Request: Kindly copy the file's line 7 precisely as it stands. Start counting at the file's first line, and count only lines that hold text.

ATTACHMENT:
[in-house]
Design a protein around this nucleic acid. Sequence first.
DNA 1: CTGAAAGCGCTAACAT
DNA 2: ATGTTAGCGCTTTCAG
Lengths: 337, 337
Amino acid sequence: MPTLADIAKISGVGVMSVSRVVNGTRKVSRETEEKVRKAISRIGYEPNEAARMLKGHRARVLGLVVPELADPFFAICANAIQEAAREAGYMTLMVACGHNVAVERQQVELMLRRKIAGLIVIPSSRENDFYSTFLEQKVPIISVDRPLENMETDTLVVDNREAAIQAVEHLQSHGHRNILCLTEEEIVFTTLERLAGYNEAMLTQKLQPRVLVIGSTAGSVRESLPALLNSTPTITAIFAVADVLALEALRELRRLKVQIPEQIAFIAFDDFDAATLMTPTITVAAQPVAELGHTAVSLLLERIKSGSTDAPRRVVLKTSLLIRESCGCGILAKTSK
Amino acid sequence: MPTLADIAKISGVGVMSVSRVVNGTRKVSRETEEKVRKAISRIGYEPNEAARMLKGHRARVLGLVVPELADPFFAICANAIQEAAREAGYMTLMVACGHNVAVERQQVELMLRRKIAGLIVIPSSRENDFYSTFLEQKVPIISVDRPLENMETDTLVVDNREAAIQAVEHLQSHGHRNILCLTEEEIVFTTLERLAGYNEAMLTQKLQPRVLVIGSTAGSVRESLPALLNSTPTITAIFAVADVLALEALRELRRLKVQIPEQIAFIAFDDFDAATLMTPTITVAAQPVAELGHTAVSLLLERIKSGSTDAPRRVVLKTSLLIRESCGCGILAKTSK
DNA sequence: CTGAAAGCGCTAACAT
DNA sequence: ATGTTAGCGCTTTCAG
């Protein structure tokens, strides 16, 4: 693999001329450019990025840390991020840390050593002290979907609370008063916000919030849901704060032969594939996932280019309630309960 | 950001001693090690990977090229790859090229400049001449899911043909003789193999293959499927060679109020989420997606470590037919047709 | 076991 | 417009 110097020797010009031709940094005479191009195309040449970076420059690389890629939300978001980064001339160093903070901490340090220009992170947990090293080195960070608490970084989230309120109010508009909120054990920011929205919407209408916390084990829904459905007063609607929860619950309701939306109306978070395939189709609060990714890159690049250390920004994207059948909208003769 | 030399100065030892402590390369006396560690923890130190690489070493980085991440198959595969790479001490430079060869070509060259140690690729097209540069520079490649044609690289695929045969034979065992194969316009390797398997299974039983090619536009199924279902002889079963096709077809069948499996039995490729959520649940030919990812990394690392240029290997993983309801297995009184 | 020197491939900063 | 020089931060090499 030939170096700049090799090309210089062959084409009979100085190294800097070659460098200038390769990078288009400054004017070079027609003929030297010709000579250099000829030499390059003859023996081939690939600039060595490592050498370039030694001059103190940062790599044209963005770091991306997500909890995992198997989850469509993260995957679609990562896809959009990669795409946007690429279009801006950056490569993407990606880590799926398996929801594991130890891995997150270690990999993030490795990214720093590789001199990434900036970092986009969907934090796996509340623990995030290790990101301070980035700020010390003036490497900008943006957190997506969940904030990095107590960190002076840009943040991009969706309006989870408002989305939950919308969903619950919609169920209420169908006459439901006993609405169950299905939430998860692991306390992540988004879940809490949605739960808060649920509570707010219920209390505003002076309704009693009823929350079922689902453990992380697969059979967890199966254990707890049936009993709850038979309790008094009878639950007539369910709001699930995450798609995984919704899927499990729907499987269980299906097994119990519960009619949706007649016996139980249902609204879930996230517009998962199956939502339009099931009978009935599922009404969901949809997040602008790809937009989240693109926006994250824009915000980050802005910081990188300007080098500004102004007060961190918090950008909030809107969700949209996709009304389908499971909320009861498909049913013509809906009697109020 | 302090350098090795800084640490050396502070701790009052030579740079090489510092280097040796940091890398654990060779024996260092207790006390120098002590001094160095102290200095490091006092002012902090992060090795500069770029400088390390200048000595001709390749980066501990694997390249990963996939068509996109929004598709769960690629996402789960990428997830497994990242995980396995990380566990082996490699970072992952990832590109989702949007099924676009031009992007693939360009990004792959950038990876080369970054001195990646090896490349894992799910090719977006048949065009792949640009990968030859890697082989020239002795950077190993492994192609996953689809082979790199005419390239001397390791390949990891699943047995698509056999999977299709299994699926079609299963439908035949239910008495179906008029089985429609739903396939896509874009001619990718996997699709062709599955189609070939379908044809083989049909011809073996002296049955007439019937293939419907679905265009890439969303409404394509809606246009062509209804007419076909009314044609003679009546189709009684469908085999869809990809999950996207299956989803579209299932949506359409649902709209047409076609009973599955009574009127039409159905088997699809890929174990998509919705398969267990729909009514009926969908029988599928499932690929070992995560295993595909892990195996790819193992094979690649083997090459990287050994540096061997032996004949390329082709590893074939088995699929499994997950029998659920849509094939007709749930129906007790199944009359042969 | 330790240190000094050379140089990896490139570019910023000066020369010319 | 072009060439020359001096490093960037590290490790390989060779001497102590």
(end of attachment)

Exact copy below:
Amino acid sequence: MPTLADIAKISGVGVMSVSRVVNGTRKVSRETEEKVRKAISRIGYEPNEAARMLKGHRARVLGLVVPELADPFFAICANAIQEAAREAGYMTLMVACGHNVAVERQQVELMLRRKIAGLIVIPSSRENDFYSTFLEQKVPIISVDRPLENMETDTLVVDNREAAIQAVEHLQSHGHRNILCLTEEEIVFTTLERLAGYNEAMLTQKLQPRVLVIGSTAGSVRESLPALLNSTPTITAIFAVADVLALEALRELRRLKVQIPEQIAFIAFDDFDAATLMTPTITVAAQPVAELGHTAVSLLLERIKSGSTDAPRRVVLKTSLLIRESCGCGILAKTSK